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Swinging arms most efficient way to run

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Ever tried running without swinging your arms? New research has shown that the swing in your arms counter balances the movement of your legs and saves energy at the same time.

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									Ever tried running without swinging your arms? New research has
shown that the swing in your arms counter balances the movement of
your legs and saves energy at the same time.

"We know from the literature that arm swinging plays an important
role in balancing the motion of the swinging legs," said Christopher
Arellano from the Brown University.

Arellano studied 13 runners and measured their oxygen consumption
rates and carbon dioxide that they exhaled.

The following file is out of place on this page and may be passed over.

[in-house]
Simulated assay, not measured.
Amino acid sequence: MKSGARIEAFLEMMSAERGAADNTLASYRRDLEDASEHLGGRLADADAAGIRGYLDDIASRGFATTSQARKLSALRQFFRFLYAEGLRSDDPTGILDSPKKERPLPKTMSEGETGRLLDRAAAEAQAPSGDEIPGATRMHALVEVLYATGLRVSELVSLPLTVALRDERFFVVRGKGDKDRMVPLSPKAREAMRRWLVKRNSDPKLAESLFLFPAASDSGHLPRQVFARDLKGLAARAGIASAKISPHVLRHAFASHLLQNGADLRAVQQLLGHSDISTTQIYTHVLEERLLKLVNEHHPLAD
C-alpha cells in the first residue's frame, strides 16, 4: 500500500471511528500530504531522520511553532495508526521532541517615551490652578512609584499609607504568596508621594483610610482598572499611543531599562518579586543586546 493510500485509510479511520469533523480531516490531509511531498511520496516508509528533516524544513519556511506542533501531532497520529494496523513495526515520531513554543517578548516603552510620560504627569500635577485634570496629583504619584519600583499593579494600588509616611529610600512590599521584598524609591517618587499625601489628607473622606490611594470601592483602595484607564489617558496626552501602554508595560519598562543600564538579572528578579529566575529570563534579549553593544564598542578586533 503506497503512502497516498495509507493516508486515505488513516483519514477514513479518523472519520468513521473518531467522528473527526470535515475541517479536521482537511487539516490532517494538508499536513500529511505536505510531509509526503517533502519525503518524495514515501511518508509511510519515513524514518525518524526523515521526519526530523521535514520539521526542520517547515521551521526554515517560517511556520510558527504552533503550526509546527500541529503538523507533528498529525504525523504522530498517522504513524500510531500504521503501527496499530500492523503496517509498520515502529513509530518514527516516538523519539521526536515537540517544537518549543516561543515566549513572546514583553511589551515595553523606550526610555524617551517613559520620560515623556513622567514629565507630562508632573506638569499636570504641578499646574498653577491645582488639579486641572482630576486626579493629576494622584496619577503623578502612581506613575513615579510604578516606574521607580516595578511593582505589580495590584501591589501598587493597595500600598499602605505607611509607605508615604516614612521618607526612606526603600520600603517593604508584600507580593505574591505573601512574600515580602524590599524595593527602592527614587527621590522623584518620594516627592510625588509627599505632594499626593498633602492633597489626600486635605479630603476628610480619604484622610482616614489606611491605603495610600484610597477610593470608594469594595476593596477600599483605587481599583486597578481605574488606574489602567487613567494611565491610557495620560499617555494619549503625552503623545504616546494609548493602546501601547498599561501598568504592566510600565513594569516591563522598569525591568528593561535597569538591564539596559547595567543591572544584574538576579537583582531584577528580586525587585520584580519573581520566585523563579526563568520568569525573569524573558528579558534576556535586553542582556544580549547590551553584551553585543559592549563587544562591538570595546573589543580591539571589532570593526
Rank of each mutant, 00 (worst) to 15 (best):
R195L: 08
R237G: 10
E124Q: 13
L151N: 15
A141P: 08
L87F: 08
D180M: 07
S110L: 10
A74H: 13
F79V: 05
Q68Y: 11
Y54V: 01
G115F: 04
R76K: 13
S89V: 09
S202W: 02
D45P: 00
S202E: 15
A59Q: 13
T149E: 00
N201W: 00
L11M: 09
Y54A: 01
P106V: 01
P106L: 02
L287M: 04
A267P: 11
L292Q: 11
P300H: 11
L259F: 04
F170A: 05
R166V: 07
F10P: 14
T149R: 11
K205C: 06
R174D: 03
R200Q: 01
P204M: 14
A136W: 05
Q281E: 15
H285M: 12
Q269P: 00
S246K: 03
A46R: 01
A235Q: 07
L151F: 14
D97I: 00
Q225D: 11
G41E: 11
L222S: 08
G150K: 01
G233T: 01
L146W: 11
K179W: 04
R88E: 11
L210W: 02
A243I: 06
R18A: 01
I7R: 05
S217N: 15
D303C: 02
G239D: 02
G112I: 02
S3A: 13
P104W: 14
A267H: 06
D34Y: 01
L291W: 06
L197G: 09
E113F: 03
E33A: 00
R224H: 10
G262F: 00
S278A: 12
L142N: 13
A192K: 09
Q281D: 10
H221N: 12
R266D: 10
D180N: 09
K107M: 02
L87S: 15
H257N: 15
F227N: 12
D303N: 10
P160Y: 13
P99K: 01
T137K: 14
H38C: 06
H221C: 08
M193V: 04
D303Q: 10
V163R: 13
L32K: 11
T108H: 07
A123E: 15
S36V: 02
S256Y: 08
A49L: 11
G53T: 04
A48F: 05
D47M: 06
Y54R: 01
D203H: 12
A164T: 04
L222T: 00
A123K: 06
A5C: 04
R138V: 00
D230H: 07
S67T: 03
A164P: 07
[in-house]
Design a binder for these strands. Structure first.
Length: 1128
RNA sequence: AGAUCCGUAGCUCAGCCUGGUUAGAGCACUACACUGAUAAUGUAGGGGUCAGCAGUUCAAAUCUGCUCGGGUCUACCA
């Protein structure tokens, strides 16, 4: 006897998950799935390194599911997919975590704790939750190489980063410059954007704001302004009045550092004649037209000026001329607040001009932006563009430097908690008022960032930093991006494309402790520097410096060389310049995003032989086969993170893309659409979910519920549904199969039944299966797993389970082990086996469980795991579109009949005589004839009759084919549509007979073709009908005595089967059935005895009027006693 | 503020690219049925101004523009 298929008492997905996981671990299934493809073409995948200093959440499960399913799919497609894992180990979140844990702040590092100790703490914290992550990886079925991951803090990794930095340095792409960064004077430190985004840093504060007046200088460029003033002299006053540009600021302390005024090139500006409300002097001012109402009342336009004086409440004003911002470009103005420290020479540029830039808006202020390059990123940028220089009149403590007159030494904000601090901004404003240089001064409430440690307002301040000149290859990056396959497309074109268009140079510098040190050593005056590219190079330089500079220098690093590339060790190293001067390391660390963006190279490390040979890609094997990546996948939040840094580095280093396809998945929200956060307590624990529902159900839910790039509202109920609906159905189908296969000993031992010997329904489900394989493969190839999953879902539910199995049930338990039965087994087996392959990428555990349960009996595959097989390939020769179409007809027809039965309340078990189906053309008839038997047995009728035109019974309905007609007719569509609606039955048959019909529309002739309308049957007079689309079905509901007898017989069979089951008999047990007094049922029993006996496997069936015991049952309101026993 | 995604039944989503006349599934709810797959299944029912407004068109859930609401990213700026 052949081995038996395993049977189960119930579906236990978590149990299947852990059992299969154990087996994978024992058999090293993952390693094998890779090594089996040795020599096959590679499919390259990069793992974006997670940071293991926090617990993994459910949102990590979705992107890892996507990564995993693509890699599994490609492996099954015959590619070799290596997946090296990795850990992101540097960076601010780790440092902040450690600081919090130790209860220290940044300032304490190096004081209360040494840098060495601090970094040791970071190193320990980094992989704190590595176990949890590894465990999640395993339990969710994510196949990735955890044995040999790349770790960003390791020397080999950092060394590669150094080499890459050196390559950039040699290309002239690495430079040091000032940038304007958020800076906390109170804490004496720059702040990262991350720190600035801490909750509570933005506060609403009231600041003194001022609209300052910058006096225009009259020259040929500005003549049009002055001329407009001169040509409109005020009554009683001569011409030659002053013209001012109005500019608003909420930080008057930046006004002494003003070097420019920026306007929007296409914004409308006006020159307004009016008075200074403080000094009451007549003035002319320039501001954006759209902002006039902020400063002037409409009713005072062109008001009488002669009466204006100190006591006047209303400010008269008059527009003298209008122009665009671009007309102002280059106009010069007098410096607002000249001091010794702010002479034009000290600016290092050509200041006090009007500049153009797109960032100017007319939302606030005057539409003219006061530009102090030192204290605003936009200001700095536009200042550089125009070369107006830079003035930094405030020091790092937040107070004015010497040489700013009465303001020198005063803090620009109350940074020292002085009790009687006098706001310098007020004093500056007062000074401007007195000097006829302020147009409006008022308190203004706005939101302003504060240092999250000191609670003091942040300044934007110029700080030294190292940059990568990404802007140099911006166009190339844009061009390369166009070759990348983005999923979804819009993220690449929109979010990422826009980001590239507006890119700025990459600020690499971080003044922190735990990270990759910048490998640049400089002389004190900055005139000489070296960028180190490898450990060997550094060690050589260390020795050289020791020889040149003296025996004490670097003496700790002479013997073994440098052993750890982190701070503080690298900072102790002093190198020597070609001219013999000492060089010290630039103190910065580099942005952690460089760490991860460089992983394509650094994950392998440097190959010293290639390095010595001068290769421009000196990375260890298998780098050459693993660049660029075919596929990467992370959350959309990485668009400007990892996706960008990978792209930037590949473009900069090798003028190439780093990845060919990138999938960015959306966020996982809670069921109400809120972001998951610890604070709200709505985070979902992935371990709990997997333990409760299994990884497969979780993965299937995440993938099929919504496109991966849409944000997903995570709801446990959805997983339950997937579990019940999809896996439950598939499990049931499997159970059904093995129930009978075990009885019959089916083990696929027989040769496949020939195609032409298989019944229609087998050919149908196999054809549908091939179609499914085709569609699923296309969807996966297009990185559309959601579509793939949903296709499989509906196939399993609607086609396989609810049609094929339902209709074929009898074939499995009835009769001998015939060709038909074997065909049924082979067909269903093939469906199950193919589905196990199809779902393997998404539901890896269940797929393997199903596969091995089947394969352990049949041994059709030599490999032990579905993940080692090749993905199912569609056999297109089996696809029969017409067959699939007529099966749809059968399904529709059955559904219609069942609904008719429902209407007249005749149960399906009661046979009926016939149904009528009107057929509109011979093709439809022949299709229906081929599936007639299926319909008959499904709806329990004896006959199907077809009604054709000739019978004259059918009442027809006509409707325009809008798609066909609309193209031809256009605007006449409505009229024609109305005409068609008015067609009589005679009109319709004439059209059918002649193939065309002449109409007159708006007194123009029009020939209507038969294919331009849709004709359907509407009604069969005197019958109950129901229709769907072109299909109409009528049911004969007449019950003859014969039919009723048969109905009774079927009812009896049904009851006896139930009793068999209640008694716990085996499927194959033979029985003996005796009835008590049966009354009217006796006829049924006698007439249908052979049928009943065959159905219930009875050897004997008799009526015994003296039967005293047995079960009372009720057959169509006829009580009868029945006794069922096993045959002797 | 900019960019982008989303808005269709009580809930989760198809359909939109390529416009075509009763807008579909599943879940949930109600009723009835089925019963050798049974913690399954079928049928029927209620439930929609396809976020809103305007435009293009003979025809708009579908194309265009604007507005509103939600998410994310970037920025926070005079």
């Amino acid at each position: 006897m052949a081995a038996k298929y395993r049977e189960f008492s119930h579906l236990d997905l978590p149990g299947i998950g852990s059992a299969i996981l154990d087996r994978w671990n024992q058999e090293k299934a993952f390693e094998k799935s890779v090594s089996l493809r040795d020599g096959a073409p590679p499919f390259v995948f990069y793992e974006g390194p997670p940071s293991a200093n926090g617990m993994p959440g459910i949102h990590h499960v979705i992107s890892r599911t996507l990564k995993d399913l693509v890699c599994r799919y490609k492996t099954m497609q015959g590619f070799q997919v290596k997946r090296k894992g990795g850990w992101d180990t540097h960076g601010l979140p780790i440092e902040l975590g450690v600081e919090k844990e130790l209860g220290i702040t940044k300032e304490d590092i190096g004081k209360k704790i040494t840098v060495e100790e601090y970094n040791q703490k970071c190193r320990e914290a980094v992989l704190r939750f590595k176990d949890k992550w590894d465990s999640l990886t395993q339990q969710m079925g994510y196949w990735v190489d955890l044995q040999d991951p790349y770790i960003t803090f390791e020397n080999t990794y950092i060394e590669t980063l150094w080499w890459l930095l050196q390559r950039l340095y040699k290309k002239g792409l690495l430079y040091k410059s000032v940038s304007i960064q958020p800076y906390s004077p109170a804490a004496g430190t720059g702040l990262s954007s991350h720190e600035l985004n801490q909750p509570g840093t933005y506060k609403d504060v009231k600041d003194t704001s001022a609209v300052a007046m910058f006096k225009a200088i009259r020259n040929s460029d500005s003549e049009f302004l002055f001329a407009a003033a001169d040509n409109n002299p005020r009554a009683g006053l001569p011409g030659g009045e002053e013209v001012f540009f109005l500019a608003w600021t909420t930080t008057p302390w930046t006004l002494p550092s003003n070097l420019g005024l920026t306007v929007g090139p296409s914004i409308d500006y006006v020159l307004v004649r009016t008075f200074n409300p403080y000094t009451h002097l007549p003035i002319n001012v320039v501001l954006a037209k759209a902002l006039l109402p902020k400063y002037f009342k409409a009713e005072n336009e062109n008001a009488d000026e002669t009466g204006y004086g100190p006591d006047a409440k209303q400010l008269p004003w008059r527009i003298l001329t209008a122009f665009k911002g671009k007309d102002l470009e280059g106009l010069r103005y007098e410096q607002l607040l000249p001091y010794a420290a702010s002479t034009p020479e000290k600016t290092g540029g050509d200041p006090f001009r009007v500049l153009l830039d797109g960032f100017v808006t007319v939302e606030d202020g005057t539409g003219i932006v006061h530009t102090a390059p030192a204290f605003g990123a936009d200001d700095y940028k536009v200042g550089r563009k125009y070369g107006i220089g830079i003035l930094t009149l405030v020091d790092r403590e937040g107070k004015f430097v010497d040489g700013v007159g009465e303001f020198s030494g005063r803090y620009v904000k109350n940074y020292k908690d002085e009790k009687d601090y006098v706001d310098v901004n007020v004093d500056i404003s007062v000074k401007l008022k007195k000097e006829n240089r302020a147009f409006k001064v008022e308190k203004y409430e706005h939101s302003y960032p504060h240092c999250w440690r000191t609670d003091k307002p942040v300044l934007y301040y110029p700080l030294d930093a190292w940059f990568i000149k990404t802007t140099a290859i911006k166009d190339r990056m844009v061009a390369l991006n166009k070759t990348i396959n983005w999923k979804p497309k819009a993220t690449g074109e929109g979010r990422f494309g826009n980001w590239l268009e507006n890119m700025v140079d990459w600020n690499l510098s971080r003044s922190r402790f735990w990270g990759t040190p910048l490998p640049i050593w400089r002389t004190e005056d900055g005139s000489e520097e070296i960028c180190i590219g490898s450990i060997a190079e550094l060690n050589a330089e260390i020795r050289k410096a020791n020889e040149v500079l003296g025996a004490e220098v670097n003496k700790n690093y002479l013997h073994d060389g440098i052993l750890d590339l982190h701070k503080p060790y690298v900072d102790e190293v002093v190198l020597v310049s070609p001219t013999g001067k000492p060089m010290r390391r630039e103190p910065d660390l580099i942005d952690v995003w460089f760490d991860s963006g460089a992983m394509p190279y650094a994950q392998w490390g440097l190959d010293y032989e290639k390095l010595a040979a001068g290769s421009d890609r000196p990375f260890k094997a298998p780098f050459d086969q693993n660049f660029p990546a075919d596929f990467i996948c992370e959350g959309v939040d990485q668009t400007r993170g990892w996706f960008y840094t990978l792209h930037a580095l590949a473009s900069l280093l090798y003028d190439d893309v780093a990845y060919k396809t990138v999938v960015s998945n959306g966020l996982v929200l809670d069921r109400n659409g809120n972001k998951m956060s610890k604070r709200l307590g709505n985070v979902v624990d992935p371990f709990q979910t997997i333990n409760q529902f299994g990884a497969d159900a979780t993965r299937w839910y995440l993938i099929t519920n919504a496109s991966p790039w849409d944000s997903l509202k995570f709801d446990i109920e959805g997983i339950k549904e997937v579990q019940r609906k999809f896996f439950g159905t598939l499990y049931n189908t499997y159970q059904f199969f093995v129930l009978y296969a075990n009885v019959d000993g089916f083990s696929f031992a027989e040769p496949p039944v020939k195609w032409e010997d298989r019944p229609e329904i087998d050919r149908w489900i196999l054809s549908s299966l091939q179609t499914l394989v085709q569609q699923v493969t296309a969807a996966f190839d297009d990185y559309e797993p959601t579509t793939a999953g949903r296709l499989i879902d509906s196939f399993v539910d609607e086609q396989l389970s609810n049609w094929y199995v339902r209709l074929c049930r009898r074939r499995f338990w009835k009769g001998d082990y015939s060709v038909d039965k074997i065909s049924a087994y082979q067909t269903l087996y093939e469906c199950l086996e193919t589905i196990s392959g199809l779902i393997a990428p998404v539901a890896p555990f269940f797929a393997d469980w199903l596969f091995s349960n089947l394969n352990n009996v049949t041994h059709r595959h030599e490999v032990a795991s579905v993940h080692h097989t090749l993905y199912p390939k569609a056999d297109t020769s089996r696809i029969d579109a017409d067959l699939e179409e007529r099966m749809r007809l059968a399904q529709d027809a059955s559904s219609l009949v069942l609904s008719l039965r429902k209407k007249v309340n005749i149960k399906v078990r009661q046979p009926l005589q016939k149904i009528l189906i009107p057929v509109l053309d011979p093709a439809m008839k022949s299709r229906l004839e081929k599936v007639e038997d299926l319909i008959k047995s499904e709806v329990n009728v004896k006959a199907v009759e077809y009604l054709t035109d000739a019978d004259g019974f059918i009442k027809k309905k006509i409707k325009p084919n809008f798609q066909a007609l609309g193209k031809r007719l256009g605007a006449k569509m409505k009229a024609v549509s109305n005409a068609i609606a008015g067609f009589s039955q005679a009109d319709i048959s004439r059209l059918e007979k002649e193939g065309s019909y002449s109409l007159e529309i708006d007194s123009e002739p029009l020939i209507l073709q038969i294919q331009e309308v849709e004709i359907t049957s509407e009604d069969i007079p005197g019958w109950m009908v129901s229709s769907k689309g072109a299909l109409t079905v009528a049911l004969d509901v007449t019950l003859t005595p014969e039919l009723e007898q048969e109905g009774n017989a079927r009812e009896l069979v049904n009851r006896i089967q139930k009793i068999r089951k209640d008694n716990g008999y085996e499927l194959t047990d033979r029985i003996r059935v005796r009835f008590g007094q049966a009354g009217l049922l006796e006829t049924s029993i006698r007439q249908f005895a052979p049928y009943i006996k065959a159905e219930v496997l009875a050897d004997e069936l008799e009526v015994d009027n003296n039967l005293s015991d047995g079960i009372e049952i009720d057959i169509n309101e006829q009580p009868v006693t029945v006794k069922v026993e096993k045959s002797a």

He asked them to run without swinging their arms by holding the arms
loosely behind the back, crossing the arms across the chest, and
holding the hands on the top of the head.

He found that swinging the arms reduced the runners' energy costs by
three percent (as compared to when they held their arms behind their
backs).

Arm swinging also saved energy an impressive 13 percent compared
with when they held their hands on their heads.

"I think everyone conceded that the most challenging run was the one
with the hands on the top of the head," Arellano added, recalling how
runners complained about how tired their arms were at the end of the
session.

The study appeared in the journal of Experimental Biology

Ivan Petrov

								
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